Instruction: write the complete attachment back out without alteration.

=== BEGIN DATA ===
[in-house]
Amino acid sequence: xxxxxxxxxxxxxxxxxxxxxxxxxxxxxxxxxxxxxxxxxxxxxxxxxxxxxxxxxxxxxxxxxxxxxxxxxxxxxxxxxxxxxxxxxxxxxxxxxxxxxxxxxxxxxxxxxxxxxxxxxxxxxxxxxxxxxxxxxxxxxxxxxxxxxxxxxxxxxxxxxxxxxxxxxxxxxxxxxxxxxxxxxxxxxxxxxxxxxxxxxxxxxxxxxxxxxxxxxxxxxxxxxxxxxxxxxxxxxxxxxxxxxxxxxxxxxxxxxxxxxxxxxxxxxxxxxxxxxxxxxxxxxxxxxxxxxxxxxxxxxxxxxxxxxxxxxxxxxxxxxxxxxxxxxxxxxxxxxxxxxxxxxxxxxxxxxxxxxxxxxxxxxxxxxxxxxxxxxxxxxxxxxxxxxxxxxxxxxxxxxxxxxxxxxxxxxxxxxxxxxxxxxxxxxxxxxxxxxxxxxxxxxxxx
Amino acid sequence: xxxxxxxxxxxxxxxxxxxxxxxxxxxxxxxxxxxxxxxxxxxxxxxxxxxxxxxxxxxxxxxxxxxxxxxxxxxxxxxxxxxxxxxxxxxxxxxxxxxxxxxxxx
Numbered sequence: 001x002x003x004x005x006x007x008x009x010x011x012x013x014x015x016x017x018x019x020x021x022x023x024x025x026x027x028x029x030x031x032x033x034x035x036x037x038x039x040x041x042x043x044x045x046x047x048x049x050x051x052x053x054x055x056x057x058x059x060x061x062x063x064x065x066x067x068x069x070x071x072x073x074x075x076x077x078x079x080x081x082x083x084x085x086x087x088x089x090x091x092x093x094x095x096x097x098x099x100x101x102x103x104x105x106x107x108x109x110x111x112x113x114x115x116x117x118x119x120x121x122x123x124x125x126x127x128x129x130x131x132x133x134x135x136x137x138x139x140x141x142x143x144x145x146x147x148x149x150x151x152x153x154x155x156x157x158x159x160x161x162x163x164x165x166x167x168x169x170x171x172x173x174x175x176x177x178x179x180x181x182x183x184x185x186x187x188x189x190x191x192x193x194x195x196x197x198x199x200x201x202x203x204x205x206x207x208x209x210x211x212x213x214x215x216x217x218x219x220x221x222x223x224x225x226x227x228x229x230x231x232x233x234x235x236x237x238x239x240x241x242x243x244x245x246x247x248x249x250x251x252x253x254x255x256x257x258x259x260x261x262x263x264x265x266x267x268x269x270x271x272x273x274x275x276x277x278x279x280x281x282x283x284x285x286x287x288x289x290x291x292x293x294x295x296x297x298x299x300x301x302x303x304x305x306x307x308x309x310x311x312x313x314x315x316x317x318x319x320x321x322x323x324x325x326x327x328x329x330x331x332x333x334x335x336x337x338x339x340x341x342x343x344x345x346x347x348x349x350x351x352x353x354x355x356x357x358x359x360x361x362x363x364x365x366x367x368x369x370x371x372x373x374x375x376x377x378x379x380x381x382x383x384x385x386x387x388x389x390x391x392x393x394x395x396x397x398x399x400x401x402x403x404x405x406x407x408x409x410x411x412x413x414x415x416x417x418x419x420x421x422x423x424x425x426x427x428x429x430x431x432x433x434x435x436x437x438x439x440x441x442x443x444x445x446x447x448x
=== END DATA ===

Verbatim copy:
[in-house]
Amino acid sequence: xxxxxxxxxxxxxxxxxxxxxxxxxxxxxxxxxxxxxxxxxxxxxxxxxxxxxxxxxxxxxxxxxxxxxxxxxxxxxxxxxxxxxxxxxxxxxxxxxxxxxxxxxxxxxxxxxxxxxxxxxxxxxxxxxxxxxxxxxxxxxxxxxxxxxxxxxxxxxxxxxxxxxxxxxxxxxxxxxxxxxxxxxxxxxxxxxxxxxxxxxxxxxxxxxxxxxxxxxxxxxxxxxxxxxxxxxxxxxxxxxxxxxxxxxxxxxxxxxxxxxxxxxxxxxxxxxxxxxxxxxxxxxxxxxxxxxxxxxxxxxxxxxxxxxxxxxxxxxxxxxxxxxxxxxxxxxxxxxxxxxxxxxxxxxxxxxxxxxxxxxxxxxxxxxxxxxxxxxxxxxxxxxxxxxxxxxxxxxxxxxxxxxxxxxxxxxxxxxxxxxxxxxxxxxxxxxxxxxxxxxxxxxxxx
Amino acid sequence: xxxxxxxxxxxxxxxxxxxxxxxxxxxxxxxxxxxxxxxxxxxxxxxxxxxxxxxxxxxxxxxxxxxxxxxxxxxxxxxxxxxxxxxxxxxxxxxxxxxxxxxxxx
Numbered sequence: 001x002x003x004x005x006x007x008x009x010x011x012x013x014x015x016x017x018x019x020x021x022x023x024x025x026x027x028x029x030x031x032x033x034x035x036x037x038x039x040x041x042x043x044x045x046x047x048x049x050x051x052x053x054x055x056x057x058x059x060x061x062x063x064x065x066x067x068x069x070x071x072x073x074x075x076x077x078x079x080x081x082x083x084x085x086x087x088x089x090x091x092x093x094x095x096x097x098x099x100x101x102x103x104x105x106x107x108x109x110x111x112x113x114x115x116x117x118x119x120x121x122x123x124x125x126x127x128x129x130x131x132x133x134x135x136x137x138x139x140x141x142x143x144x145x146x147x148x149x150x151x152x153x154x155x156x157x158x159x160x161x162x163x164x165x166x167x168x169x170x171x172x173x174x175x176x177x178x179x180x181x182x183x184x185x186x187x188x189x190x191x192x193x194x195x196x197x198x199x200x201x202x203x204x205x206x207x208x209x210x211x212x213x214x215x216x217x218x219x220x221x222x223x224x225x226x227x228x229x230x231x232x233x234x235x236x237x238x239x240x241x242x243x244x245x246x247x248x249x250x251x252x253x254x255x256x257x258x259x260x261x262x263x264x265x266x267x268x269x270x271x272x273x274x275x276x277x278x279x280x281x282x283x284x285x286x287x288x289x290x291x292x293x294x295x296x297x298x299x300x301x302x303x304x305x306x307x308x309x310x311x312x313x314x315x316x317x318x319x320x321x322x323x324x325x326x327x328x329x330x331x332x333x334x335x336x337x338x339x340x341x342x343x344x345x346x347x348x349x350x351x352x353x354x355x356x357x358x359x360x361x362x363x364x365x366x367x368x369x370x371x372x373x374x375x376x377x378x379x380x381x382x383x384x385x386x387x388x389x390x391x392x393x394x395x396x397x398x399x400x401x402x403x404x405x406x407x408x409x410x411x412x413x414x415x416x417x418x419x420x421x422x423x424x425x426x427x428x429x430x431x432x433x434x435x436x437x438x439x440x441x442x443x444x445x446x447x448x